For the past week, Donald Trump has used his national platform as a presidential candidate to strafe the judge hearing a class-action lawsuit against his now-defunct Trump University, which critics have pilloried for manipulating and exploiting low-income and struggling workers. The centerpiece of Trump’s attack—itself unprecedented, given our tradition of an independent judiciary—is the judge’s background. The jurist, Gonzalo Curiel, is of Mexican descent. To Trump, this makes him a “hater” who is reacting to the “the wall” he intends to build.
In truth, it’s hard to be surprised by Trump’s attack on Judge Curiel. His brand is racism, and anti-Hispanic racism in particular. Still, the unvarnished ugliness of this attack was enough to force a response from Republican leaders who, thus far, have excused their nominee’s rhetoric about nonwhites, immigrants, and Muslim Americans. “This is one of the worst mistakes Trump has made, and I think it’s inexcusable,” said Newt Gingrich. “Look, I don’t condone the comments. And we can press on to another topic,” said Tennessee Sen. Bob Corker in an interview with ABC’s George Stephanopoulos on Sunday. “I think it’s wrong. He needs to stop saying it,” said Marco Rubio. Even Senate Majority Leader Mitch McConnell had words for Trump. “I couldn’t disagree more with a statement like that,” he said on Meet the Press this past Sunday.
Judging from this rhetoric, you might think that Republicans were ready to abandon Trump full stop as a dangerous liability. But you would be wrong. McConnell, for example, pushed back against the idea that there’s something untoward about the “party of Lincoln circling wagons around a racist,” as put by conservative blogger Erick Erickson. “I think the party of Lincoln wants to win the White House. And the right-of-center world needs to respect the fact that the primary voters have spoken,” said McConnell. House Speaker Paul Ryan condemned Trump and all but endorsed him in the same statement. “I disavow these comments—I regret those comments that he made,” Ryan said, calling them “the textbook definition of a racist comment.” But, he said, that doesn’t mean he believes that “Hillary Clinton is the answer.” “I believe that we have more common ground on the policy issues of the day and we have more likelihood of getting our policies enacted with him than with her,” Ryan explained. There are countless examples of this behavior, of Republican leaders slamming Trump one moment and embracing him the next.
What is going on? Why is it so difficult for Republicans to condemn Trump without also qualifying and essentially negating their condemnation? My colleague Will Saletan blames it on a crude will to power. “In the end, it’s about power and priorities. In today’s GOP, it’s more important to keep Merrick Garland off the Supreme Court than it is to protect the country from a president who would ban Muslims,” he writes. There’s definitely the drive to win, but I think there’s something else. Something more primal than even power.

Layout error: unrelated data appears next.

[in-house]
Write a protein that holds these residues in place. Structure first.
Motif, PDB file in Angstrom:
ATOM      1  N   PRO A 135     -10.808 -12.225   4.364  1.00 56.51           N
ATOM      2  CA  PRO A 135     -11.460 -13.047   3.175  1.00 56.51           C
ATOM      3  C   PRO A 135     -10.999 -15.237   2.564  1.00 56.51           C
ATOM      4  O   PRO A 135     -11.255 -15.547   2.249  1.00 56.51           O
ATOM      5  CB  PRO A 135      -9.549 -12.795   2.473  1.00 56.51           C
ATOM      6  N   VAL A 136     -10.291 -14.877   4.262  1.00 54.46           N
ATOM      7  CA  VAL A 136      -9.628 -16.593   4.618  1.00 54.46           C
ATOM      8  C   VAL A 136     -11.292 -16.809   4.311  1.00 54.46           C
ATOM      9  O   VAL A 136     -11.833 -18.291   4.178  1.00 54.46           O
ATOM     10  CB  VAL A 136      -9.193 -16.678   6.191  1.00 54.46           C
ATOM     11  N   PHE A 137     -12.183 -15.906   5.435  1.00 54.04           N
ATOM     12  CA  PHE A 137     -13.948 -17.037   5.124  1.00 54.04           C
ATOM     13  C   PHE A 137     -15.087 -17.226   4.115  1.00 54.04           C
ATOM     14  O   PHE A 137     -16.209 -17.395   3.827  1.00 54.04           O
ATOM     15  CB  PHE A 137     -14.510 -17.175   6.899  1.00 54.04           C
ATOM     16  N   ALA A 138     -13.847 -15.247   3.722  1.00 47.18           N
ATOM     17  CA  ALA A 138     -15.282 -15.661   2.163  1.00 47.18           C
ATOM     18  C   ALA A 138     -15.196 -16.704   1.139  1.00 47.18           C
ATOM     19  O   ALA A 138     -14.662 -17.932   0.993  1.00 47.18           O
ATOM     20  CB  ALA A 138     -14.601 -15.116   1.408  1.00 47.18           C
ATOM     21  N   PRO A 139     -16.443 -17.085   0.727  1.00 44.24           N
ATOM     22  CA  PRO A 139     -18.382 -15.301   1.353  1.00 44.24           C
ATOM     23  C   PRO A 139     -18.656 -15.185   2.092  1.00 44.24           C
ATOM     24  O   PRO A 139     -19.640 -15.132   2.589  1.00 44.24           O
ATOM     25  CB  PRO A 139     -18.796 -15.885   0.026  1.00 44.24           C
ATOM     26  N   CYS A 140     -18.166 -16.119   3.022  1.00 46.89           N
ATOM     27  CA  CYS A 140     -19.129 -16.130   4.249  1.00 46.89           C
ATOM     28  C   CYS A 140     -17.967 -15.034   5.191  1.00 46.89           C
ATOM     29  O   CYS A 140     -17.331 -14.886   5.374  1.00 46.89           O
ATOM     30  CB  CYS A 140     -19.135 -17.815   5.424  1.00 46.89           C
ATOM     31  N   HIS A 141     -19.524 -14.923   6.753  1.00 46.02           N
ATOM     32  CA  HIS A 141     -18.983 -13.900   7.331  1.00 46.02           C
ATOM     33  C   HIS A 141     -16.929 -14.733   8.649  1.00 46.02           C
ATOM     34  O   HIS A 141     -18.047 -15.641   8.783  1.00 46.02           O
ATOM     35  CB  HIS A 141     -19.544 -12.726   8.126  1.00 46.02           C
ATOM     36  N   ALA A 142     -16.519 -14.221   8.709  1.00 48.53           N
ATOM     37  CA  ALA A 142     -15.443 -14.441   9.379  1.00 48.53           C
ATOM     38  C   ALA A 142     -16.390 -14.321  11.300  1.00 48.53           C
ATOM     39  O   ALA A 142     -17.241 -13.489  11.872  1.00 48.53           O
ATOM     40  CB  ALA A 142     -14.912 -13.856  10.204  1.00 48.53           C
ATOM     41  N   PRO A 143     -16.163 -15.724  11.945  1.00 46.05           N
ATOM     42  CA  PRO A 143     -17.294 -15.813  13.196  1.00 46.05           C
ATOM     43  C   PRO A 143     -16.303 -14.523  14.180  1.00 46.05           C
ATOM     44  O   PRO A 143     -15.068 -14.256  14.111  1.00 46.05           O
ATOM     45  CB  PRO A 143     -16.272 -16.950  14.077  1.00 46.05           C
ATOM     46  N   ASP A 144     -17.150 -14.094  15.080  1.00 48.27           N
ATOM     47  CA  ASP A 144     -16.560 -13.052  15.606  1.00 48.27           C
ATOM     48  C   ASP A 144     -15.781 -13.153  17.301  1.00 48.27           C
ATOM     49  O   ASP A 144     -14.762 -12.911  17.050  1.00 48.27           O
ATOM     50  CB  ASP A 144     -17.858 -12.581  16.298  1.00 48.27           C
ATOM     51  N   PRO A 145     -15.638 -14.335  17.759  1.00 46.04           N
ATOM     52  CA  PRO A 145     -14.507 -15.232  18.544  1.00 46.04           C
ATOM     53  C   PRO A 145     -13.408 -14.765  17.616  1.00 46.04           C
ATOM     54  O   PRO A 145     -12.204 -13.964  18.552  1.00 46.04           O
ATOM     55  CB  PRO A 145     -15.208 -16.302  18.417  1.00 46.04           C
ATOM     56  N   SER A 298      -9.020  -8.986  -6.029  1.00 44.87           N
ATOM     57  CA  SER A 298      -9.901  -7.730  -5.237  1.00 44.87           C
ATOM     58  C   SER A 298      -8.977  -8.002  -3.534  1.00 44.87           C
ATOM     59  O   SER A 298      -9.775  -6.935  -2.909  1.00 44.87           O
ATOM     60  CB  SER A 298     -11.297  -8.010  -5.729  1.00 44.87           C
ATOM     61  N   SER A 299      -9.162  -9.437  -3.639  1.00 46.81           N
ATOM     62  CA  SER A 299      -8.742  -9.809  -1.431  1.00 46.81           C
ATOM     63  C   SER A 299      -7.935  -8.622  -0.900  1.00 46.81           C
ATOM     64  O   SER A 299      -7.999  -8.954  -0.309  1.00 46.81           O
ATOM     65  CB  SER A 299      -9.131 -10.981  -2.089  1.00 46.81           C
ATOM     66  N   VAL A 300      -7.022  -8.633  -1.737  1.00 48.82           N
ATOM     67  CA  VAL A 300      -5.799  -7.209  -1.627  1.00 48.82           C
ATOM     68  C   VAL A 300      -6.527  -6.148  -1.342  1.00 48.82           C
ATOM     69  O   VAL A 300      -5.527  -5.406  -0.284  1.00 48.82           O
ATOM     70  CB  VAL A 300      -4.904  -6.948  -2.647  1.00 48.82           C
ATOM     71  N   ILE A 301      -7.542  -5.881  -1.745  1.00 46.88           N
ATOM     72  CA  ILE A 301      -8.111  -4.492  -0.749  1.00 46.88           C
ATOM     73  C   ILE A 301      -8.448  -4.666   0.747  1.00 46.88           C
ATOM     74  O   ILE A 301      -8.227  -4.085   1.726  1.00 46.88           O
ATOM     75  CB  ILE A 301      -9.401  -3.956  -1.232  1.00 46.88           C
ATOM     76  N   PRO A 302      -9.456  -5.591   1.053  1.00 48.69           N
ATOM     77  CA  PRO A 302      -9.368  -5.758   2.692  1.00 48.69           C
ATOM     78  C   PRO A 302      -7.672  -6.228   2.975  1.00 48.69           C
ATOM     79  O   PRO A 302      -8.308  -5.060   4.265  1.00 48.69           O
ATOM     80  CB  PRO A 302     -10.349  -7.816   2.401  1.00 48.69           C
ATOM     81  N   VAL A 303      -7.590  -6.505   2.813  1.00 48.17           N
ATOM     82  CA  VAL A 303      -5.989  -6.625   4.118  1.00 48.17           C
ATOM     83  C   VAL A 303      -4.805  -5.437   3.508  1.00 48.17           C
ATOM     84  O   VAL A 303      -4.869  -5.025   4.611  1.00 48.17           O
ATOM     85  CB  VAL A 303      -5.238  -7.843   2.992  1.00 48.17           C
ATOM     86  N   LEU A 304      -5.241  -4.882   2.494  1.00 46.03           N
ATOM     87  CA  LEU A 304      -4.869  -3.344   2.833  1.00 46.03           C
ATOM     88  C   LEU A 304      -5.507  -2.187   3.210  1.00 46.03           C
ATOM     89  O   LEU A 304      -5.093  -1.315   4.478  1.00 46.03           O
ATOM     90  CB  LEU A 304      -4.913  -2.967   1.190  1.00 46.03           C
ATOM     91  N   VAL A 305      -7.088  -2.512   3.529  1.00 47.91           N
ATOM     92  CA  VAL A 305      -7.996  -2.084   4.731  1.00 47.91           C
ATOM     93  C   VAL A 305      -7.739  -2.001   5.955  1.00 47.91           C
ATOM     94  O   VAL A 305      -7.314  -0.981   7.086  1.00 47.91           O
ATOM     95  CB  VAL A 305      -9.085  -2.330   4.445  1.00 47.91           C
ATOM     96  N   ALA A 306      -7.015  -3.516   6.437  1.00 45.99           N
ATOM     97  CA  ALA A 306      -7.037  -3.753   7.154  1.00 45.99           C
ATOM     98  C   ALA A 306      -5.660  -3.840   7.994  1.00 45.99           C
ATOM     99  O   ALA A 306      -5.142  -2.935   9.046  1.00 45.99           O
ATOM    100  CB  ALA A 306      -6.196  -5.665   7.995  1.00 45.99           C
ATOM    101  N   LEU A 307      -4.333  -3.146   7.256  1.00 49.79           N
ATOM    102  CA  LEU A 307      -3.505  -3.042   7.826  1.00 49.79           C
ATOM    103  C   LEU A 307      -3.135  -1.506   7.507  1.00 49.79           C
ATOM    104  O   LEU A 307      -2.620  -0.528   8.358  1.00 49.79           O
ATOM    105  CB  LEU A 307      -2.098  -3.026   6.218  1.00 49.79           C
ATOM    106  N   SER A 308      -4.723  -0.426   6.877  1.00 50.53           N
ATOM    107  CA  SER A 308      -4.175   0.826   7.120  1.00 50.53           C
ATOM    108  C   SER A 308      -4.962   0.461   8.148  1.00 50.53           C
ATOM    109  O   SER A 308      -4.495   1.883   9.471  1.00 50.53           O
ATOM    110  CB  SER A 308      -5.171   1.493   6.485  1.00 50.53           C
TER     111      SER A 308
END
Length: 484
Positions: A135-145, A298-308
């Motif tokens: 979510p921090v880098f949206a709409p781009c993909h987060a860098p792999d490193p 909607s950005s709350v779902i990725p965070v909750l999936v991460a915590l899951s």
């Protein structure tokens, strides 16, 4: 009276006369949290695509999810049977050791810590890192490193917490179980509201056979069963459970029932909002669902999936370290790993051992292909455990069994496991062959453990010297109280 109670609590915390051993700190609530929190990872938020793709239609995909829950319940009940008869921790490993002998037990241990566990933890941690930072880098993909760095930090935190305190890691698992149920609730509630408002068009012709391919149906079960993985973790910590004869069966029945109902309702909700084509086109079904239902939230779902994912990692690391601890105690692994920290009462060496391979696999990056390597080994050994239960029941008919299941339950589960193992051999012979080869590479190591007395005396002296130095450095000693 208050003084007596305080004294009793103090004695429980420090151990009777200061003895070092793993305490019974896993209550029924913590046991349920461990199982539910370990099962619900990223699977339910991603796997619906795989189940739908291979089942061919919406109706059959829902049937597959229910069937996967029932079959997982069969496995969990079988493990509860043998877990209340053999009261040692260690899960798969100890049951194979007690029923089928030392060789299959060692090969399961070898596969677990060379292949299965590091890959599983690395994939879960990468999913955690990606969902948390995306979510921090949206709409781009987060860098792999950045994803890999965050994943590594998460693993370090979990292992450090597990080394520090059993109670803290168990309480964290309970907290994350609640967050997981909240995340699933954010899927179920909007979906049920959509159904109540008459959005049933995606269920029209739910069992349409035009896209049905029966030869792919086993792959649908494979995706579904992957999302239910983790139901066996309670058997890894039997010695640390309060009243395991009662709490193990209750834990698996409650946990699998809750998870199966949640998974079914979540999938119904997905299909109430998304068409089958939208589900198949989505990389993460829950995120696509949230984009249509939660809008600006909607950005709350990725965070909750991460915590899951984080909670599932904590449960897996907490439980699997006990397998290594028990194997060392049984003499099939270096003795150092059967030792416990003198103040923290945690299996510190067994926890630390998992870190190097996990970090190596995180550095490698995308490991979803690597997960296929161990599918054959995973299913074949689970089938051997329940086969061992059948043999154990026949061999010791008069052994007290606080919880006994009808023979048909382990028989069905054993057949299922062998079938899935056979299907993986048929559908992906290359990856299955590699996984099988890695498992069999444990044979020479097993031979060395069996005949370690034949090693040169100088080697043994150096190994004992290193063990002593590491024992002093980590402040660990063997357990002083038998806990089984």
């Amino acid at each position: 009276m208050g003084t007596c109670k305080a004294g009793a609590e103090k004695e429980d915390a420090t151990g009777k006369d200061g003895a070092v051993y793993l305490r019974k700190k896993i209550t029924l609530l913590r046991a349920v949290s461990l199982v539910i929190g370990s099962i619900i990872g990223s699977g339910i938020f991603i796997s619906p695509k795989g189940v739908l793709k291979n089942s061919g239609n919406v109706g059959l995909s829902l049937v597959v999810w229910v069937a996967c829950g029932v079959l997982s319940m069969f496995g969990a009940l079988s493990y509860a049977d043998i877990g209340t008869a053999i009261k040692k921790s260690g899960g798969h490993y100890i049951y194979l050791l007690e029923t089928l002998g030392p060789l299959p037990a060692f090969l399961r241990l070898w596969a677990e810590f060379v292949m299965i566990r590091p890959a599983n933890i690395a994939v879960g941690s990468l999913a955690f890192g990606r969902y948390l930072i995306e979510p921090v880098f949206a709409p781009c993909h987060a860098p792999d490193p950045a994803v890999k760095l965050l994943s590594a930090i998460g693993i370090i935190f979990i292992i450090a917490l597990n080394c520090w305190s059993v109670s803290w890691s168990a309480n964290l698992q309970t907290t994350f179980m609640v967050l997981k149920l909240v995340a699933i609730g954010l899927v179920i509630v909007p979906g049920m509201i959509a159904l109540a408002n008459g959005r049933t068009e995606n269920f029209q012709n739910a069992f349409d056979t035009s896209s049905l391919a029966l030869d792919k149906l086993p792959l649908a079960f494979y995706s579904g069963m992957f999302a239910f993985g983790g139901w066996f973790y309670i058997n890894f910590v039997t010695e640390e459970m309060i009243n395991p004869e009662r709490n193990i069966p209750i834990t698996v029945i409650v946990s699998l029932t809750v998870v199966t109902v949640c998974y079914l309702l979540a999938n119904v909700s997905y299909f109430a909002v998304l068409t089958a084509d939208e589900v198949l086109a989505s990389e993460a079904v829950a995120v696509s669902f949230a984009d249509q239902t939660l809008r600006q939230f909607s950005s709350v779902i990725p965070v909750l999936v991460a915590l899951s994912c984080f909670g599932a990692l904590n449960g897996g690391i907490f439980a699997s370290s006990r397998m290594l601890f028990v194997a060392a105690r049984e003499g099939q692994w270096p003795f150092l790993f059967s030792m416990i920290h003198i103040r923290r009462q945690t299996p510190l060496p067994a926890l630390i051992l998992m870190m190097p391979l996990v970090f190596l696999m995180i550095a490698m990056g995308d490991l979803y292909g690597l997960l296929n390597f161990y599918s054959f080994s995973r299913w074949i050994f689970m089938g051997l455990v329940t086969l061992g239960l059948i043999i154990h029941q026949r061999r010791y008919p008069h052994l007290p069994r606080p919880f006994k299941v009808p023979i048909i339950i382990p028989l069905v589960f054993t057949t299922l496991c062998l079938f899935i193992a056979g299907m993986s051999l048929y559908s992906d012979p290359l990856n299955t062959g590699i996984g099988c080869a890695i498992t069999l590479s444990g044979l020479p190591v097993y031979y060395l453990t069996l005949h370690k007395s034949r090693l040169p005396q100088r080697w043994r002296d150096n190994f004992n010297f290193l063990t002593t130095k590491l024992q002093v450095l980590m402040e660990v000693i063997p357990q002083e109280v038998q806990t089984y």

On Monday, the Clinton campaign released an ad that was made up entirely of statements from other Republicans on Trump. It was brutal, illustrating the extent to which Trump alienates his own allies and supporters. And with this week’s statements about Trump’s bigotry, you should expect more of the same, with another Clinton ad showcasing another set of Republicans condemning Trump for another set of racist, sexist, and otherwise contemptible statements. Each time a Republican disavows his endorsement of Trump or urges other Republicans to take the off-ramp from the Trump effort, a Democratic super PAC gets another few seconds to use in another ad against the GOP nominee.
On the other end, Democrats are simply using Trump against vulnerable Republicans regardless of what they say or do. In Ohio, for instance, Democrat Ted Strickland is doing everything he can to tie incumbent Republican Sen. Rob Portman to Trump and his statements. The Democratic Senatorial Campaign Committee is pulling the same trick, in an effort to shrink any distance between Republican incumbents and the nominee. Embattled Illinois Sen. Mark Kirk, facing a tough challenge this November from Democratic Rep. Tammy Duckworth, is so shook that he abruptly changed course on his endorsement. “Given my military experience, Donald Trump does not have the temperament to command our military or our nuclear arsenal,” he tweeted.
Republicans, from the top of the ticket to the bottom of the ballot, are caught in a bind. If they don’t say anything to counter or condemn Trump’s rhetoric, they are complicit in the Trump candidacy. If they say anything, they become fodder for Democratic efforts against their party. The only alternative is to try to walk the line of criticism without disavowal. But as we see with Paul Ryan—who was savaged by both mainstream and conservative press for looking past Trump’s racism even as he bemoans it—that’s almost impossible.
In the same way that fear of a third-party candidacy drove Republicans to craft and embrace a “pledge” that did nothing but tie their fortunes to Trump, fear—of backlash from pro-Trump Republican voters, of attacks from Democrats, of opprobrium and contempt from everyone else—is driving them to hedge and hesitate in the most craven way possible. Fear is the mind-killer, and Trump has scrambled their ability to think clearly about their dilemma.
Not that there’s any way out, short of leaving the GOP. Deep problems with the process aside, the Republican Party has elected to nominate Trump for president. He is the standard-bearer, and there’s no escaping him. Not now, at least. Republicans’ fortunes are tied to his, and if (or when) he collapses in the fall, they will, too.